It’s that time of the year again when the hottest university bands battle it out to be crowned the best. Last year saw psychedelic indie rockers Bloom take the top spot after a tight final, and this year there are some great bands on the way up – some fresh on the scene, and some veterans of the competition returning with a honed arsenal.
First up were Stress Cows, a four piece named after, judging by their Facebook cover photo, stress balls in the shape of cows. They threw out some nice pop rock to get things started, with clean guitar chords plunking on top of danceable drums. Smooth baritone vocals from the frontman completed the mix, and they bounced through a tune or two before a breaking into cover of ‘Fluorescent Adolescent’ by the Arctic Monkeys: a good choice for their sound. After that came an original called ‘Angst 2k16’ – its arpeggiated chords were vaguely reminiscent of some Killers tracks. Their song structure was straightforward and solid, but their tightest song was probably a Modest Mouse cover that really gave the drummer a chance to break free of the ‘4 to the Floor’ beat and hit them hard. They rounded off with one final original, which could have been a touch tighter, but not a bad start at all.
Next up, National Acrobats. They were instantly confident, having reached the finals last year, and it showed. Out of all the bands performing, they had the fullest sound, jumping right into some energetic indie. Chords flicked along nicely to some clever bass work, vocals nipped in between falsetto and chest voice, darting from hook to hook, and the drums felt full and vivacious. Their second song Jericho was perhaps the best original of the evening, showing off a well-considered song structure and catchy vocals. A formidable riff or two later, they closed with some angular guitar lines and more Kooks-y, noughties-esque tunes. A few more backing vocals might have really added to their sound and given it another layer or two, but on the whole, this was a band that knew what they were doing, and with some fresh ideas since last year, they look set to go far in the competition.
it’s already shaping up to be an exciting year
The third band of the evening, intriguingly named Póg Mo Thóin, broke away from the pop-indie theme with a positively metal barrage of sound. With some piercing female vocals slicing through a thick loaf of distorted guitar tones, they smashed through an original, but not before one of the guitarists with a fuzzy curtain of hair covering his face ripped a wild guitar solo worthy of Slash himself. Their second number was as frenetic as the first, complete with a tapping riff on an Ibanez (what else?) and some fist pumping crowd interaction. The sound was muddy and a little clutttered, but the general effect was certainly entertaining, if a touch under-rehearsed timing-wise.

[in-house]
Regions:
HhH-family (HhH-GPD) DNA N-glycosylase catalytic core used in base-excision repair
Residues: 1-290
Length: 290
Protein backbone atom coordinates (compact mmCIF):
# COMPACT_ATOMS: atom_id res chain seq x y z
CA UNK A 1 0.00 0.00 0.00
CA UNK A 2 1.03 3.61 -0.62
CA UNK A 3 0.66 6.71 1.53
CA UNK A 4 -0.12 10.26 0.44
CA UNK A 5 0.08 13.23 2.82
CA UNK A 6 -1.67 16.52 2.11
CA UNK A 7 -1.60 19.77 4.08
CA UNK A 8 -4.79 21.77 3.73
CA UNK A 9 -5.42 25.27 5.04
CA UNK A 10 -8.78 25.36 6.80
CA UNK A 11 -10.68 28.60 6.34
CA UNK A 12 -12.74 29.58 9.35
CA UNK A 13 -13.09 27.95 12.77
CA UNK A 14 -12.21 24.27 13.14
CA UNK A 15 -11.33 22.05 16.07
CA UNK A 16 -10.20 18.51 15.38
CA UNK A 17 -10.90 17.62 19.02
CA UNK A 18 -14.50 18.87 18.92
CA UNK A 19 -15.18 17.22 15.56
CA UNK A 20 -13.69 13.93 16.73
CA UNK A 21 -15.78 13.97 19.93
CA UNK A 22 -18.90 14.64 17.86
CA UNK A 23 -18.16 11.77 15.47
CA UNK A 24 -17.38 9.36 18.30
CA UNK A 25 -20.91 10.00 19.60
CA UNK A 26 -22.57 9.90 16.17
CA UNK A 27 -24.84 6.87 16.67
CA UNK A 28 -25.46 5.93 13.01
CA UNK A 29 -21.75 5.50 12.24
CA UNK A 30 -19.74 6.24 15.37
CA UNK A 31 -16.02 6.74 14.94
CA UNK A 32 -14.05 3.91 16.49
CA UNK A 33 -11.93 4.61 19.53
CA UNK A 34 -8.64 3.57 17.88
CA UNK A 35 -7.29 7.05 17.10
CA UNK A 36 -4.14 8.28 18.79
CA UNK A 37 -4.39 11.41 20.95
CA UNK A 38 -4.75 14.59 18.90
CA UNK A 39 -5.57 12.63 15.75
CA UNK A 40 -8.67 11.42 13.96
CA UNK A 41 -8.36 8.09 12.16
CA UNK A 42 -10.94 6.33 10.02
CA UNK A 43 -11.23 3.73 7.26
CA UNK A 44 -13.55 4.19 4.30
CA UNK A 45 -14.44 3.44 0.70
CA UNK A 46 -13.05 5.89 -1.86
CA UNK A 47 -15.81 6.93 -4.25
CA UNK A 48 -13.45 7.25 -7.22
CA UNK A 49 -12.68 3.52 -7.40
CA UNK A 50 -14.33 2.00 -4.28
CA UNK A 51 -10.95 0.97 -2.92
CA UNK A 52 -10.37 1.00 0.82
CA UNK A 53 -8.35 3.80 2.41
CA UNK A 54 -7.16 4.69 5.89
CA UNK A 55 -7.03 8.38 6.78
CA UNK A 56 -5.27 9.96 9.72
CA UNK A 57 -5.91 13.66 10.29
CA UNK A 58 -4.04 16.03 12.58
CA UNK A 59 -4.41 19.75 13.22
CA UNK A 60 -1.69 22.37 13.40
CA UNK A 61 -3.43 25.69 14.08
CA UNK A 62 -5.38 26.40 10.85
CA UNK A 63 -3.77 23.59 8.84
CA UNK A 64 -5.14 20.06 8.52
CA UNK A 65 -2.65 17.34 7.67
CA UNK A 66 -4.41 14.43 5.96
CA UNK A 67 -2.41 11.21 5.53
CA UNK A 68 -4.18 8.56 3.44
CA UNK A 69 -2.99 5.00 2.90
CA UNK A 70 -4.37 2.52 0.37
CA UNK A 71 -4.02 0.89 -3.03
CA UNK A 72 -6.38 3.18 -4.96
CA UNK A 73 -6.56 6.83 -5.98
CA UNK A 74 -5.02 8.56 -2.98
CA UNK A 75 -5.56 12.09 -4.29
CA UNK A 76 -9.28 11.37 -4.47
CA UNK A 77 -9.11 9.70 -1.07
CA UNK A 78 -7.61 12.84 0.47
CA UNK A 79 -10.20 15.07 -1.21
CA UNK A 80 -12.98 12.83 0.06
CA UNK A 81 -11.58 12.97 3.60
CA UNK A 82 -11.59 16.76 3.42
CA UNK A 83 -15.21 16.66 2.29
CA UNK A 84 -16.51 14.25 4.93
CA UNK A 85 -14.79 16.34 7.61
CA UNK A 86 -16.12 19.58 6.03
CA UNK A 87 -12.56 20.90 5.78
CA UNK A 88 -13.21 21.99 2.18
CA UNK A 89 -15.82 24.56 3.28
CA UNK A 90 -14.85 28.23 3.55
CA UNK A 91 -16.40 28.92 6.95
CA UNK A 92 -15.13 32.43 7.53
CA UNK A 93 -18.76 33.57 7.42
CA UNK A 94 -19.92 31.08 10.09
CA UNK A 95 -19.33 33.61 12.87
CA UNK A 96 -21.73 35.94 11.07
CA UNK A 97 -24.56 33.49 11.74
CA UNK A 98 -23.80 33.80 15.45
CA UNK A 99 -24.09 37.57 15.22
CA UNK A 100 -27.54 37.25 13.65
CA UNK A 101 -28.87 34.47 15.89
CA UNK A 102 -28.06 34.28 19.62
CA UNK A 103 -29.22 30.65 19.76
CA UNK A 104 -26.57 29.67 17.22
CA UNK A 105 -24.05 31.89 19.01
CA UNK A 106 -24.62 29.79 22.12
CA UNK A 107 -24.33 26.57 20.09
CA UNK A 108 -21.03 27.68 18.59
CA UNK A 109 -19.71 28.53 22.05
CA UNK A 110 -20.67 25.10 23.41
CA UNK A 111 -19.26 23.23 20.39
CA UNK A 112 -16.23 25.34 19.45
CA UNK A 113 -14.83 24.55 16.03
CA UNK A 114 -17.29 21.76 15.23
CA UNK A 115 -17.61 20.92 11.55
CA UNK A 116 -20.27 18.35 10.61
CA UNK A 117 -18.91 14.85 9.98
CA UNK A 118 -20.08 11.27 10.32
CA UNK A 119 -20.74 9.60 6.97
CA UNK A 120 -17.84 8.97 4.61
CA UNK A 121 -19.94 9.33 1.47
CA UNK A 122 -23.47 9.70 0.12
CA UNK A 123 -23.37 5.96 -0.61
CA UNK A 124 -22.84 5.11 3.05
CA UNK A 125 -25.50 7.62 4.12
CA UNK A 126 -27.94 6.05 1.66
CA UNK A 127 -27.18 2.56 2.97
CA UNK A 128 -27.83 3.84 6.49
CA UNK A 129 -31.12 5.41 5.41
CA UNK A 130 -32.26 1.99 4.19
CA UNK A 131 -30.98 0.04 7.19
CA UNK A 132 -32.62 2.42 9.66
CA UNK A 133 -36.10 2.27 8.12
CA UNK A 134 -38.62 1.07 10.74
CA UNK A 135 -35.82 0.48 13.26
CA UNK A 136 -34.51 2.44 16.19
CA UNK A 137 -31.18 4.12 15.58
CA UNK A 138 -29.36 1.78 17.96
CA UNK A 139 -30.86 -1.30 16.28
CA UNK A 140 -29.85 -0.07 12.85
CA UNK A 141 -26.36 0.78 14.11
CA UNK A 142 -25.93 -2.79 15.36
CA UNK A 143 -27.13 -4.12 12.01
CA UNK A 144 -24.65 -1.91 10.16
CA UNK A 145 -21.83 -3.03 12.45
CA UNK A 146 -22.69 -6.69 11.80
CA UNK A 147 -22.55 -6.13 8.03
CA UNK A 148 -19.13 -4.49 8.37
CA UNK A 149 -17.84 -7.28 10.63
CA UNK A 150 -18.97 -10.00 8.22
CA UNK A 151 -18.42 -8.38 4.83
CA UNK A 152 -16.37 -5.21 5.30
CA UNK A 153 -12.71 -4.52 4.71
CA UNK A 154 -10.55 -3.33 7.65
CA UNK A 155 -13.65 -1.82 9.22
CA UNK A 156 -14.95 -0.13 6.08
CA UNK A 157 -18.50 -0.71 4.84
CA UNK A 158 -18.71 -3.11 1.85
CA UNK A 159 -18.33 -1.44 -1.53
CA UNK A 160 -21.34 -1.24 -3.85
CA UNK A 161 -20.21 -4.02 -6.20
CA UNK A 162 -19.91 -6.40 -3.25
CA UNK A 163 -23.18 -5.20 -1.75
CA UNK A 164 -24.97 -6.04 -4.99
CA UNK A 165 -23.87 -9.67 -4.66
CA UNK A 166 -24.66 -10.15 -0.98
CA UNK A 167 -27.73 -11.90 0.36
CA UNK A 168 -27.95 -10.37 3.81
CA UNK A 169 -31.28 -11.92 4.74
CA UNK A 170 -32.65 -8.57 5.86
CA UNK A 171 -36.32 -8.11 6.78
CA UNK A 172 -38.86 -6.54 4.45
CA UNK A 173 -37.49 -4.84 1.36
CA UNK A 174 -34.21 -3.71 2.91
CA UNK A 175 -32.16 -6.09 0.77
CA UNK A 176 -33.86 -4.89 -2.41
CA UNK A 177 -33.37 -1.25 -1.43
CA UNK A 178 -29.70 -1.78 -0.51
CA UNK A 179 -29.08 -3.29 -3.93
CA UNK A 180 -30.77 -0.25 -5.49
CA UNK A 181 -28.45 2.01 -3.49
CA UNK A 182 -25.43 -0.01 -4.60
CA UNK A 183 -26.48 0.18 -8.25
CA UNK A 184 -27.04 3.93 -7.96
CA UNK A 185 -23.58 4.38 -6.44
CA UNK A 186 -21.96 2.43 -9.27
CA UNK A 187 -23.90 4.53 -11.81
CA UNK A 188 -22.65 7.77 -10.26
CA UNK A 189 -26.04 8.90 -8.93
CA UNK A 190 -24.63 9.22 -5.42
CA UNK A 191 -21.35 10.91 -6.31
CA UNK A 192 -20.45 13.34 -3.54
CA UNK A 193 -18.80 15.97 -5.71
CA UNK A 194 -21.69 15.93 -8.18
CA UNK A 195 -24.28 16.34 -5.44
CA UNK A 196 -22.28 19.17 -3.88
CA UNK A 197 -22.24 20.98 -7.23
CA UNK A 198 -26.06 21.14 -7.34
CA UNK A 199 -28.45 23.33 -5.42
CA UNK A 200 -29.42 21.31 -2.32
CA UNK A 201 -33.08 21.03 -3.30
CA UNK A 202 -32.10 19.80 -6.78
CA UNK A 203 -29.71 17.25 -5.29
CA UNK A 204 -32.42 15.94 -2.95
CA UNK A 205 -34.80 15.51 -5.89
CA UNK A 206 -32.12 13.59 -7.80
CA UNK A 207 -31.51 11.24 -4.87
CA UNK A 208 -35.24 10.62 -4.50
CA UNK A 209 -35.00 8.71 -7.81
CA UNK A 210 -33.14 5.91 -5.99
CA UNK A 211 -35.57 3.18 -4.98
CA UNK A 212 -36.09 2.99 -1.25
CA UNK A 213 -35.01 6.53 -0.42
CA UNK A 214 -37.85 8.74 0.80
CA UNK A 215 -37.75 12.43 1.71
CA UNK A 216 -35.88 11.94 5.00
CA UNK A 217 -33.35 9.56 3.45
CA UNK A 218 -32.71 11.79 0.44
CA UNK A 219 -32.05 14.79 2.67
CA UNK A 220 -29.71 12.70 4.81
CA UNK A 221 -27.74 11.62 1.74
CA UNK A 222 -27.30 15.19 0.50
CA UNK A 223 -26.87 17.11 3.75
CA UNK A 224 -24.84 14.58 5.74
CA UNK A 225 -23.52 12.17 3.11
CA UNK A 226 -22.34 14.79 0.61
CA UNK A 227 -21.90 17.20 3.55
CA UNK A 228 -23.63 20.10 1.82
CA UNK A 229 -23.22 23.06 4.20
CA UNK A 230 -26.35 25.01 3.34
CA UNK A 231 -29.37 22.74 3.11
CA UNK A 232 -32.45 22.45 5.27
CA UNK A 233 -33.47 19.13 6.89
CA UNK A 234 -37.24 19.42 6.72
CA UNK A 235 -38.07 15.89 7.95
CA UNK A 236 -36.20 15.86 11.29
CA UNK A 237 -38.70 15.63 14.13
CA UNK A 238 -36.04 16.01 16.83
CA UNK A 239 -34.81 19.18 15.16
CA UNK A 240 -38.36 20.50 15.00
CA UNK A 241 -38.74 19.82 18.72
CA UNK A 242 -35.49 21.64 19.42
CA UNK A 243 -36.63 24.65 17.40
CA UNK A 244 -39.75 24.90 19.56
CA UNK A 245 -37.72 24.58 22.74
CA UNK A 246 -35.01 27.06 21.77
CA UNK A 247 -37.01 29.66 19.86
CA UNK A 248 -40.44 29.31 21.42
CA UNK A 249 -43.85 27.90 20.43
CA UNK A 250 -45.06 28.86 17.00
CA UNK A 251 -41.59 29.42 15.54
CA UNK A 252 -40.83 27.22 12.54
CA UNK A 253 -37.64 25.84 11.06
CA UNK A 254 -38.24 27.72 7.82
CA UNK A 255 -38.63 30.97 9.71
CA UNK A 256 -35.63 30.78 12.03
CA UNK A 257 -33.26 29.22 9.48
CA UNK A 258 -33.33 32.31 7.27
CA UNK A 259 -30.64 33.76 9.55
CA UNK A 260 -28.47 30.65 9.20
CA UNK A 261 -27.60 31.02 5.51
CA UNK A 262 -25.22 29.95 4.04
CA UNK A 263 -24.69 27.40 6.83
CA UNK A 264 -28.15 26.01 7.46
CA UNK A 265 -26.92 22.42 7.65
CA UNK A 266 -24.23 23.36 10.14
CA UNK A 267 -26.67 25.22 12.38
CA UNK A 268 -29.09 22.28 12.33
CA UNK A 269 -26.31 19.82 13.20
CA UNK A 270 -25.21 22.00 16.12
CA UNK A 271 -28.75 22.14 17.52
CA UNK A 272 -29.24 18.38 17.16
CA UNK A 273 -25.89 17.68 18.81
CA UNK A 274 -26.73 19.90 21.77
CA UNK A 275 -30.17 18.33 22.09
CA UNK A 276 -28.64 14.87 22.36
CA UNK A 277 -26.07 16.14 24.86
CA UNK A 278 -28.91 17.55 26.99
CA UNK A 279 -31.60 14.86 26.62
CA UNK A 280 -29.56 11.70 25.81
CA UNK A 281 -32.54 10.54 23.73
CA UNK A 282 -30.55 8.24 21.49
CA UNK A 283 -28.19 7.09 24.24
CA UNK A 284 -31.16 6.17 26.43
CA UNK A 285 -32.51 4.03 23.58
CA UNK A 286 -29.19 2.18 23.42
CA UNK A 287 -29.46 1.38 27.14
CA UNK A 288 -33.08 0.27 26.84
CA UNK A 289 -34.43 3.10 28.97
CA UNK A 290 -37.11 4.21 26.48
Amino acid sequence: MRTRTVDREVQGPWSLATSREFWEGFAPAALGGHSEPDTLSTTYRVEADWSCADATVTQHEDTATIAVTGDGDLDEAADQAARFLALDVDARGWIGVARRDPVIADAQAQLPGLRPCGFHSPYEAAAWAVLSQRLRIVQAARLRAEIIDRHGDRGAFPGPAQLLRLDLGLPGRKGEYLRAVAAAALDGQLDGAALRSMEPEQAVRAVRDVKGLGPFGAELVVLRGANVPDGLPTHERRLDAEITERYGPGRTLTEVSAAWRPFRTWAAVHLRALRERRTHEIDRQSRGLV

Despite a string snapping, they powered through, and after an “axe” replacement, launched into a cover of ‘Ace of Spades’ by Motorhead. Dual vocals worked well here: high and low octaves created a powerful effect suiting the mood of the song. The opening chords to ‘Highway to Hell’ roared, and the crowd jeered. Perhaps it was fate that the spare guitar was a Gibson SG, the signature axe of Angus Young. If Angus held one guitar, it was Slash with the other, as they rounded things off with a cover of ‘Paradise City’ by Guns and Roses. It was a little disappointing that they relied so heavily on covers, but it got the crowd going and, possibly due to the volume, packed a memorable punch.
Closing proceedings was a band called Flaws Above. A cover of the Chilli Peppers’ ‘Dani California’ came first, with some tuneful dual female vocals giving it an original flavour. Cleverly, they played it into ‘Little Black Submarines’ by the Black Keys, keeping things interesting. Their first original consisted of a couple of chord progressions to some fairly standard rhythm lines – nothing revolutionary, but what they did they did well. Some barre-chord use on their second original gave them a plumper, punchier sound and the song structure built up and down along with space-themed lyrics – their best number. Their finale provided a playful riff and sprightly melodies, before closing with a tight finish. These guys can definitely play and write, and although they didn’t altogether have the most coherent sound, their set was pretty neat for the first round.
So, after all that, the two bands that made it through were National Acrobats and Flaws Above. It was a bit of a shame that the bands were so guitar-orientated and slightly reliant on covers, but the presence of female vocals was refreshing. Anyway, it’s already shaping up to be an exciting year for the event, and the turnout was particularly encouraging, especially for the heats. Lets hope round two delivers more of the same.